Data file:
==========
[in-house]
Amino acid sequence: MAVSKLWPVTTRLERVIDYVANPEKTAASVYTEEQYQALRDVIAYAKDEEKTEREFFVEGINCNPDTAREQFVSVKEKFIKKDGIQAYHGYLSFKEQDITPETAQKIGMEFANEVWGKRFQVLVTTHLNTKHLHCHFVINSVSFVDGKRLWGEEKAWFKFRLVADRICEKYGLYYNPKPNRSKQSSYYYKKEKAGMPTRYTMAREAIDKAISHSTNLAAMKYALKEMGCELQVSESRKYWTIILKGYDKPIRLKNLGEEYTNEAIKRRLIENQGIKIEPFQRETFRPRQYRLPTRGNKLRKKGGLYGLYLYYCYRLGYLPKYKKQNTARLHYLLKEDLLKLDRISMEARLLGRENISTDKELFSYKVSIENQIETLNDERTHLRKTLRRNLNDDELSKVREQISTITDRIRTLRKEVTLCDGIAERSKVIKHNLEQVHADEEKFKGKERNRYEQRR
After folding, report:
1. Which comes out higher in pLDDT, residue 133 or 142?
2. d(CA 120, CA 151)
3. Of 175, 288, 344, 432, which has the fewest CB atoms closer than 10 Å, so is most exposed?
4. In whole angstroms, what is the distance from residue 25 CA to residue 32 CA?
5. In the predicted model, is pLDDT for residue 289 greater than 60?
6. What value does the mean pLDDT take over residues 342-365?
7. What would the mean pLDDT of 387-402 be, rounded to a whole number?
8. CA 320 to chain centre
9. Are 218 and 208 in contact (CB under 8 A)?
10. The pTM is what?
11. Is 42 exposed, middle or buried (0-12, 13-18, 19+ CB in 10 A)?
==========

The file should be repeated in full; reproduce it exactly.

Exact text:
[in-house]
Amino acid sequence: MAVSKLWPVTTRLERVIDYVANPEKTAASVYTEEQYQALRDVIAYAKDEEKTEREFFVEGINCNPDTAREQFVSVKEKFIKKDGIQAYHGYLSFKEQDITPETAQKIGMEFANEVWGKRFQVLVTTHLNTKHLHCHFVINSVSFVDGKRLWGEEKAWFKFRLVADRICEKYGLYYNPKPNRSKQSSYYYKKEKAGMPTRYTMAREAIDKAISHSTNLAAMKYALKEMGCELQVSESRKYWTIILKGYDKPIRLKNLGEEYTNEAIKRRLIENQGIKIEPFQRETFRPRQYRLPTRGNKLRKKGGLYGLYLYYCYRLGYLPKYKKQNTARLHYLLKEDLLKLDRISMEARLLGRENISTDKELFSYKVSIENQIETLNDERTHLRKTLRRNLNDDELSKVREQISTITDRIRTLRKEVTLCDGIAERSKVIKHNLEQVHADEEKFKGKERNRYEQRR
After folding, report:
1. Which comes out higher in pLDDT, residue 133 or 142?
2. d(CA 120, CA 151)
3. Of 175, 288, 344, 432, which has the fewest CB atoms closer than 10 Å, so is most exposed?
4. In whole angstroms, what is the distance from residue 25 CA to residue 32 CA?
5. In the predicted model, is pLDDT for residue 289 greater than 60?
6. What value does the mean pLDDT take over residues 342-365?
7. What would the mean pLDDT of 387-402 be, rounded to a whole number?
8. CA 320 to chain centre
9. Are 218 and 208 in contact (CB under 8 A)?
10. The pTM is what?
11. Is 42 exposed, middle or buried (0-12, 13-18, 19+ CB in 10 A)?